Local Tower Information

Wotton-under-Edge Branch

Gloucester & Bristol Diocesan Association

St James, Charfield - click for a larger versionSt James, Charfield

Gloucestershire

ST719911

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Unringable; the bell is chimed with an Ellacombe hammer from the ground floor. It is hung with an elm headstock on plain bearings in an oak two-bell frame that was probably constructed in 1722, apparently using parts from the Medieval three-bell frame it replaced. The bell was cast with canons but these have been removed, probably in 1722, and its wheel and stay are missing, however an iron pendulum slider remains attached to the frame.

The church originally had three bells, but in 1722 the two smallest were recast into one larger bell as they were cracked. The resultant ring of two survived until 1882 when the new church of St John the Evangelist (ST719921) was built to replace St James, and the treble was transferred here where it remains hung for swing-chiming. This bell was cast in the 15th Century by Robert Hendley of Gloucester, has a diameter of 33¾ inches and therefore weighs approximately 6½ cwt. Its strike note is slightly sharp of B natural. The remaining tenor at St James shows no sign of ever being tuned, so it is unlikely the treble was either.

The Ellacombe hammer operates through the treble's pit, so it probably wasn't installed until after 1882. There is evidence of a former floor between the ground floor of the tower and the belfry, however it is not known which floor housed the Ringing Room.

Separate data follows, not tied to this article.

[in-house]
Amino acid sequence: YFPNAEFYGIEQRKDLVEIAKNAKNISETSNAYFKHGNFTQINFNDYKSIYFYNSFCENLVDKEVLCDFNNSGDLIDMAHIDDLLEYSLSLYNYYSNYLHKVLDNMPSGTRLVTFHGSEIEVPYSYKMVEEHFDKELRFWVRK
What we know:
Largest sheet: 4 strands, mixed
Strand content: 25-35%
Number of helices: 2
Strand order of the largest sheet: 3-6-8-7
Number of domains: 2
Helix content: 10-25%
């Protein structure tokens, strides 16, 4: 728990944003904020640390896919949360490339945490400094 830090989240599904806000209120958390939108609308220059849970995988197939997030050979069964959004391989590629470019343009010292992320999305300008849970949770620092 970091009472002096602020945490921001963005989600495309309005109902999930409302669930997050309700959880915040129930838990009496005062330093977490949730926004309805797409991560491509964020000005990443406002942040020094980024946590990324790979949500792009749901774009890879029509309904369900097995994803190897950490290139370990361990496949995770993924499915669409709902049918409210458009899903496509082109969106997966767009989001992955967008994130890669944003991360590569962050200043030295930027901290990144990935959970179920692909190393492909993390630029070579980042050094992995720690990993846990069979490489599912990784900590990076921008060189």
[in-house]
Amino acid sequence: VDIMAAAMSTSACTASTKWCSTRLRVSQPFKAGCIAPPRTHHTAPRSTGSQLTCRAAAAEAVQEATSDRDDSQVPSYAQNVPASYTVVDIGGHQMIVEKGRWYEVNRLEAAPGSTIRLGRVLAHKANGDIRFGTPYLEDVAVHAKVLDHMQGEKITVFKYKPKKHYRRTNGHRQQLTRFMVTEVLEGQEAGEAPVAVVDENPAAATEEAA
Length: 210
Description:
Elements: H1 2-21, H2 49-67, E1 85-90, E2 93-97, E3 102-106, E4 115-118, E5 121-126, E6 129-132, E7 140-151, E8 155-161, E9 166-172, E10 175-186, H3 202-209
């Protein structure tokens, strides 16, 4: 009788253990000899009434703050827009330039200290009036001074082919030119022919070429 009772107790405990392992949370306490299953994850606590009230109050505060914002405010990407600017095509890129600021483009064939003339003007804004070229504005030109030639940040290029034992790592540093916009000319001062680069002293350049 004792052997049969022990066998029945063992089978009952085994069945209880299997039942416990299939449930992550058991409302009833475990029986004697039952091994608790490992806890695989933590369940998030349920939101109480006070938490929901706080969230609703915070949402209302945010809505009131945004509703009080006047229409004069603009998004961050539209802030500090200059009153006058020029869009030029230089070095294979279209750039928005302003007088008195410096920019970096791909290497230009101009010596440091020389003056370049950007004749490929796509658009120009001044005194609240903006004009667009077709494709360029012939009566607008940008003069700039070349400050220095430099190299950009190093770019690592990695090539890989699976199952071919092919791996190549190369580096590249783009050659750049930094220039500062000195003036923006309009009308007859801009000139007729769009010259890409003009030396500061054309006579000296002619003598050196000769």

The bells of St James, Charfield
BellWeightDiameterNoteFounder Date
115½ cwt 45¼ inF Abraham Rudhall II 1722

Source: Details of both bells from "Church Bells of Gloucestershire" (Mary Bliss & Frederick Sharpe, 1986); weight of former treble estimated personally. Inspected personally and strike note recorded 21st January 2006.


Where a bell's exact weight is known, it is given in the traditional way using the British imperial units of Hundredweight, Quarters and Pounds (cwt-qtr-lb) in which there are 28 pounds in a quarter, four quarters in a hundredweight, and 20 hundredweight in a ton (one hundredweight is equal to approximately 50.8 kilograms). However, if only an approximate or calculated weight is known, it is given to the nearest quarter of a hundredweight.

A bell's diameter is measured across its mouth (open end) at the widest point and is given in inches (to the nearest quarter of an inch), one inch being equal to approximately 2.54 centimetres.